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August Flora Spotlight:
Hoary Mountain Mint

Hoary Mountain Mint
Pycnanthemum icanum:

This under-appreciated native plant grows up to 5 ft tall if grown in a sunny spot. It is an adaptable plant and will grow in damp gravel, as well as open woods and meadows, while tolerating a bit of shade in wet thickets and woodlands, fields, and hills, presumably the origin of its common name of Mountain Mint.

Mints tend to be so invasive. With a watchful eye and a shovel, mints can be controlled. Pycnanthemum means "dense flower-clusters" in Greek. It is these flowers that make it a welcomed plant in your garden. They are magnets for all sorts of bees, butterflies, and other pollinators. I recently attended a talk that the presenter advocated attracting predator insects to your garden as well as the pollinators for biological control. This plant attracts them all in abundance!

This plant has a clean, minty fragrance which is emitted by the leaves when rubbed or slightly crushed. Also deer dislike it, so it can be useful to plant in areas where they may be unwelcome to browse.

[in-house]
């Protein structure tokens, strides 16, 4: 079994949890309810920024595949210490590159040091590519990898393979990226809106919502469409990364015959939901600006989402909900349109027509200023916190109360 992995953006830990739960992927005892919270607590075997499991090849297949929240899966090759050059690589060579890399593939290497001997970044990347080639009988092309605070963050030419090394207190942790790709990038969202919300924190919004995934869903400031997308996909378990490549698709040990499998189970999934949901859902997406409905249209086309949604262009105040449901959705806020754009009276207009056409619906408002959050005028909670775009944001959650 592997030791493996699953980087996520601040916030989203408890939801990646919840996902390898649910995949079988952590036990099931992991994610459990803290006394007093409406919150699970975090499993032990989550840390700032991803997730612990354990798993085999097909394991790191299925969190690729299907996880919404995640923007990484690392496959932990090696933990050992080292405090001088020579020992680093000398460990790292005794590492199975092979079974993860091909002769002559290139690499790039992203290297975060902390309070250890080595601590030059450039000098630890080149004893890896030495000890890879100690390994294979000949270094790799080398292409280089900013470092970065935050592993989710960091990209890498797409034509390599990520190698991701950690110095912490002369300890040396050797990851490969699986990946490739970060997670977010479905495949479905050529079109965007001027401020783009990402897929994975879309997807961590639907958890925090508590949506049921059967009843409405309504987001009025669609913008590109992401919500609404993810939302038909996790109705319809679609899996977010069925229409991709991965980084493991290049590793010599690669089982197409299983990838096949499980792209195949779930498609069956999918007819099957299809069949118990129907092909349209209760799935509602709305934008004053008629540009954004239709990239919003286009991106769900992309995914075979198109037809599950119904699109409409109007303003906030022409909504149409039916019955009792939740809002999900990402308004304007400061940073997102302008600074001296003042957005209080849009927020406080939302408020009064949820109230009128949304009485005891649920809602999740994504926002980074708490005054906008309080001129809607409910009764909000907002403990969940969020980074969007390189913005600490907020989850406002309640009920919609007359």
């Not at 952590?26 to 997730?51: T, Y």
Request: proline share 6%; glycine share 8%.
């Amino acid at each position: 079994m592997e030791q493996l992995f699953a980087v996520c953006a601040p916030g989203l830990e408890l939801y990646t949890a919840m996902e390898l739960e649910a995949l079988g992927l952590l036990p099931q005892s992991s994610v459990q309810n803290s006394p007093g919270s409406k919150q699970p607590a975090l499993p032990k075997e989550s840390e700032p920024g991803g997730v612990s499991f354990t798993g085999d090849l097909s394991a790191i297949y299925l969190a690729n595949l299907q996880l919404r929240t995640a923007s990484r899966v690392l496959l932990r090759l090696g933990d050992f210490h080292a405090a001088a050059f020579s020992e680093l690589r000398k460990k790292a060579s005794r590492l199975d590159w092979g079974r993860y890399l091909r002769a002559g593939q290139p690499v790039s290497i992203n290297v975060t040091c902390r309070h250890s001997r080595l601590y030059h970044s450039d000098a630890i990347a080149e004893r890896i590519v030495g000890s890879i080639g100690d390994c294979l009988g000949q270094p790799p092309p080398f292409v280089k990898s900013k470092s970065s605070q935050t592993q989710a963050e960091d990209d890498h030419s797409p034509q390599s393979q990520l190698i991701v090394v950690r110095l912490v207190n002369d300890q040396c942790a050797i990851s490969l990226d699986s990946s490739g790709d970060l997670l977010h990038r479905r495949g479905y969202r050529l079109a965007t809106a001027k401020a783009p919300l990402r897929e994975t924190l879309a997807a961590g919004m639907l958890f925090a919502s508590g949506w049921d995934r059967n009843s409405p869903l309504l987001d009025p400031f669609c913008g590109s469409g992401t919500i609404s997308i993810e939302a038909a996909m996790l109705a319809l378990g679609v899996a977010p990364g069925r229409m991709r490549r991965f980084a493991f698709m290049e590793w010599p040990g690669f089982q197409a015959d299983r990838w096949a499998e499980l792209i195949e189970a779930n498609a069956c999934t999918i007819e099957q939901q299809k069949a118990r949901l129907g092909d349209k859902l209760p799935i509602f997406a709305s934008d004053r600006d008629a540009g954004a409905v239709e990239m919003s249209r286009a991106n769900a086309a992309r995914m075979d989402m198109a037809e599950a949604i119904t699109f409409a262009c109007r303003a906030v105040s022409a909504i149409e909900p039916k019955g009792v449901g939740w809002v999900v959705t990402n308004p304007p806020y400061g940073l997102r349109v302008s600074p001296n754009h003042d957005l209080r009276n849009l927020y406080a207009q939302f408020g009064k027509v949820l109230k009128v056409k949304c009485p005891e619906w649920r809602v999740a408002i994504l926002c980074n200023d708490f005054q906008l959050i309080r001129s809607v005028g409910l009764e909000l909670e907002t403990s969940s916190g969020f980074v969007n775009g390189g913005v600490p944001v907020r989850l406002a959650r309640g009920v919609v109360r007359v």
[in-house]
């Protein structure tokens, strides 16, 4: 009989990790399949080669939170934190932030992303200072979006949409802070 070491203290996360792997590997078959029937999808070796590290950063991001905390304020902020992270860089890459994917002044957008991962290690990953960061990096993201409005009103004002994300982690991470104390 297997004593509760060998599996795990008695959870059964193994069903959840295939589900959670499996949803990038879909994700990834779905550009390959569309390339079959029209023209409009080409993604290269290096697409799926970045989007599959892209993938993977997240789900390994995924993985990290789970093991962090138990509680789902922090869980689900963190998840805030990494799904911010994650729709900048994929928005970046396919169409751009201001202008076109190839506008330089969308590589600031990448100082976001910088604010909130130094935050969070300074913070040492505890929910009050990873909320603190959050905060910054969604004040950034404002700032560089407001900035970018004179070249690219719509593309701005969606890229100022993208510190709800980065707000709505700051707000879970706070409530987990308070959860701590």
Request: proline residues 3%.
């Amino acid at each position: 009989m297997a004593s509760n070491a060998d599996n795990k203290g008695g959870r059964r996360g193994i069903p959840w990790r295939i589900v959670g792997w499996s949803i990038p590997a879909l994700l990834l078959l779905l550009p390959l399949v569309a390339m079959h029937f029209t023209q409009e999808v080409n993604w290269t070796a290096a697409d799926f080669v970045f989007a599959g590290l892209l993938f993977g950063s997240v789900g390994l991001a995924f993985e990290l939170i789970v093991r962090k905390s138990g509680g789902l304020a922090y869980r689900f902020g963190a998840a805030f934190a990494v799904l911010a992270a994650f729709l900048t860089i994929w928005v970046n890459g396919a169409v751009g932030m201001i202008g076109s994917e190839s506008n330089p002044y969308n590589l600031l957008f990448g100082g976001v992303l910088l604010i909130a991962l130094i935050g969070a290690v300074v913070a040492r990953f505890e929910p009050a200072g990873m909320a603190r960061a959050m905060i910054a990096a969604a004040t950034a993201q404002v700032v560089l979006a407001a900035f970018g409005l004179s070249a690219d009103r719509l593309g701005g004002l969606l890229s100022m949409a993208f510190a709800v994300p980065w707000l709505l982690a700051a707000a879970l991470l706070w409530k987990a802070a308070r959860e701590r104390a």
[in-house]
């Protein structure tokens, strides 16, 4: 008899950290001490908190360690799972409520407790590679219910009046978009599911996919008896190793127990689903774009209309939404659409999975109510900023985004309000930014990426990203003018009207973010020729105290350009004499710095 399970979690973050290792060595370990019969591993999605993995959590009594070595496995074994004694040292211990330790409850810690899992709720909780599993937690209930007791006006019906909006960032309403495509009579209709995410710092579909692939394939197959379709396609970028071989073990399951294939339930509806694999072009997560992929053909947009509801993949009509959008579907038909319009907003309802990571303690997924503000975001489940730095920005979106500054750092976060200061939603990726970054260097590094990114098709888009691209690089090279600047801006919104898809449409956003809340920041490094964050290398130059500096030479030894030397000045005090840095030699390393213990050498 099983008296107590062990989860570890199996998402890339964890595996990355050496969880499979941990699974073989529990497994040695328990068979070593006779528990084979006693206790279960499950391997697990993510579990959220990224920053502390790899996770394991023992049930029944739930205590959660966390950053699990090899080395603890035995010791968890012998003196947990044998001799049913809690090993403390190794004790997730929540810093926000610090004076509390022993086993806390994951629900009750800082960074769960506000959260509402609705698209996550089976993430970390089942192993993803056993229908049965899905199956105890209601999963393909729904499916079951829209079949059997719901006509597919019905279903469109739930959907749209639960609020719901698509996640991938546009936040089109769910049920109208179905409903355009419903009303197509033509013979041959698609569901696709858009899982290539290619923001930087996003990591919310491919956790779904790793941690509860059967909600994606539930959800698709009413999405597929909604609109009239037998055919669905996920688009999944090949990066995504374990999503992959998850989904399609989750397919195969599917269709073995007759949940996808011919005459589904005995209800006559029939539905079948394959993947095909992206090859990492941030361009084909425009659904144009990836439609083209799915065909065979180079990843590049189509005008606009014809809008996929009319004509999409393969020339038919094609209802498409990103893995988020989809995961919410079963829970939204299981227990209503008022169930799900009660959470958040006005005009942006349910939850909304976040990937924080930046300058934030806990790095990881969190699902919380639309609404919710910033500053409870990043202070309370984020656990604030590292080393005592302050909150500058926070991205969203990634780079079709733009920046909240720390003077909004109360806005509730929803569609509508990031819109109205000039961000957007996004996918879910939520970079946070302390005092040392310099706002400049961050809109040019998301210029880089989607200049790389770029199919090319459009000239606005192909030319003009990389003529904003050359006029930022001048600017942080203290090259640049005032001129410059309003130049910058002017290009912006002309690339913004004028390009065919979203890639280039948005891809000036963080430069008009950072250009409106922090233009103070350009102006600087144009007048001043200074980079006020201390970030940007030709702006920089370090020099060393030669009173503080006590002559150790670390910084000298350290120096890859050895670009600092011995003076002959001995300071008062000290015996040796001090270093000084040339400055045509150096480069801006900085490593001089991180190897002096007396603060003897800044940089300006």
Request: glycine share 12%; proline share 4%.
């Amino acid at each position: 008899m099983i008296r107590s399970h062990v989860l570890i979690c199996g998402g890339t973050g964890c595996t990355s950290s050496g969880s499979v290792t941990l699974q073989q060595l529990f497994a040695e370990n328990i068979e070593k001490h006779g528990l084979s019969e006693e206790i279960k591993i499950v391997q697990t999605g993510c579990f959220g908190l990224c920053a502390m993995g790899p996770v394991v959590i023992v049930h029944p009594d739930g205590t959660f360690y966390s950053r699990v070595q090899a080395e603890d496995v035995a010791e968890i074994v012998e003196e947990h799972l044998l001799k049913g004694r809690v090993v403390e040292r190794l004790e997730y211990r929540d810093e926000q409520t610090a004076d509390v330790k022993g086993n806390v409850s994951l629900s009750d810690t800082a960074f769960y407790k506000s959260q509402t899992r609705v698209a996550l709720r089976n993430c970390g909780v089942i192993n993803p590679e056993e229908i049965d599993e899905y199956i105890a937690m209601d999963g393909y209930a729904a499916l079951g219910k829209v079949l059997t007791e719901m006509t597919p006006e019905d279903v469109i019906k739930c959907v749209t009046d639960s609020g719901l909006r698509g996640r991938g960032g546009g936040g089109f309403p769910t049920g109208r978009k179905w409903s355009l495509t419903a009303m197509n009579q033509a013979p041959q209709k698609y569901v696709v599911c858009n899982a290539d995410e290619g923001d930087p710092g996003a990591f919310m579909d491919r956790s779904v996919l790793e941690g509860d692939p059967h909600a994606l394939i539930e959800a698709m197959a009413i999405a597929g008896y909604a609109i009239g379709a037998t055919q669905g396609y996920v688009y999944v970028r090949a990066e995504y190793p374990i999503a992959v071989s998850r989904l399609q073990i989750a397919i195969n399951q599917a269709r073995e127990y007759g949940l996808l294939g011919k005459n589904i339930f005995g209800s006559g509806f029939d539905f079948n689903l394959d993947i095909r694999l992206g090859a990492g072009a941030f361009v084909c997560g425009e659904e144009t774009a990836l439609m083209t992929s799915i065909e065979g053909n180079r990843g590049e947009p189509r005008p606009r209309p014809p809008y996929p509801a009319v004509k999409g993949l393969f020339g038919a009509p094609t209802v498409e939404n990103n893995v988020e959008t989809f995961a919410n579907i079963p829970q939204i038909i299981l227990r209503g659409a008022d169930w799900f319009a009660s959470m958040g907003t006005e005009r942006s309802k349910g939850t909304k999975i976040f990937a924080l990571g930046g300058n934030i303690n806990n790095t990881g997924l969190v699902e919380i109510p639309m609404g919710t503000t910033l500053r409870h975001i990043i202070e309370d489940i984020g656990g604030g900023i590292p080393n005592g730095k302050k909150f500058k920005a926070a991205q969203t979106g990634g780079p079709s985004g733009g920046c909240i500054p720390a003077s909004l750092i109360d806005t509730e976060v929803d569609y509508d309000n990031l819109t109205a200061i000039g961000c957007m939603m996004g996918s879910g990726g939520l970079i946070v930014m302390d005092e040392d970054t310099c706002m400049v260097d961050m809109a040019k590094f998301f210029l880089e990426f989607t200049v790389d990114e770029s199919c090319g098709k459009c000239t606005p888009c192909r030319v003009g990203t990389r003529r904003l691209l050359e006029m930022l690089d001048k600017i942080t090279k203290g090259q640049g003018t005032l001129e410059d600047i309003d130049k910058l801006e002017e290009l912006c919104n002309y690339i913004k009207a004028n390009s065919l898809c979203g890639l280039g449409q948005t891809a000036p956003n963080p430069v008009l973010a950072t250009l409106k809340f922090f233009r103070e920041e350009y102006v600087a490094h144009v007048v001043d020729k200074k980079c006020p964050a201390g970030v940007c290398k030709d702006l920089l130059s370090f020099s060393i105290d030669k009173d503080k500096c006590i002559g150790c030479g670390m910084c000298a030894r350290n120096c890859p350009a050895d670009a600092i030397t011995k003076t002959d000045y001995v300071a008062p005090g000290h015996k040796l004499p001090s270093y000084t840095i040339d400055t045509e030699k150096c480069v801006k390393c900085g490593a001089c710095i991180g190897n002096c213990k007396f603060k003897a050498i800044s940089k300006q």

Mountain mint is edible and medicinal. Raw or cooked the flower buds and leaves are edible and have a hot, spicy, mint-like flavor. The fresh or dried leaves can be brewed into a refreshing medicinal tea that is used in alternative medicine for the treatment of menstrual disorders, indigestion, mouth sores and gum disease, colic, coughs, colds, chills and fevers. Found to be a good natural insecticide, the plant does repel insects and is good for use in the garden. Crushed the flowers and rubbed on clothing to repel insects.

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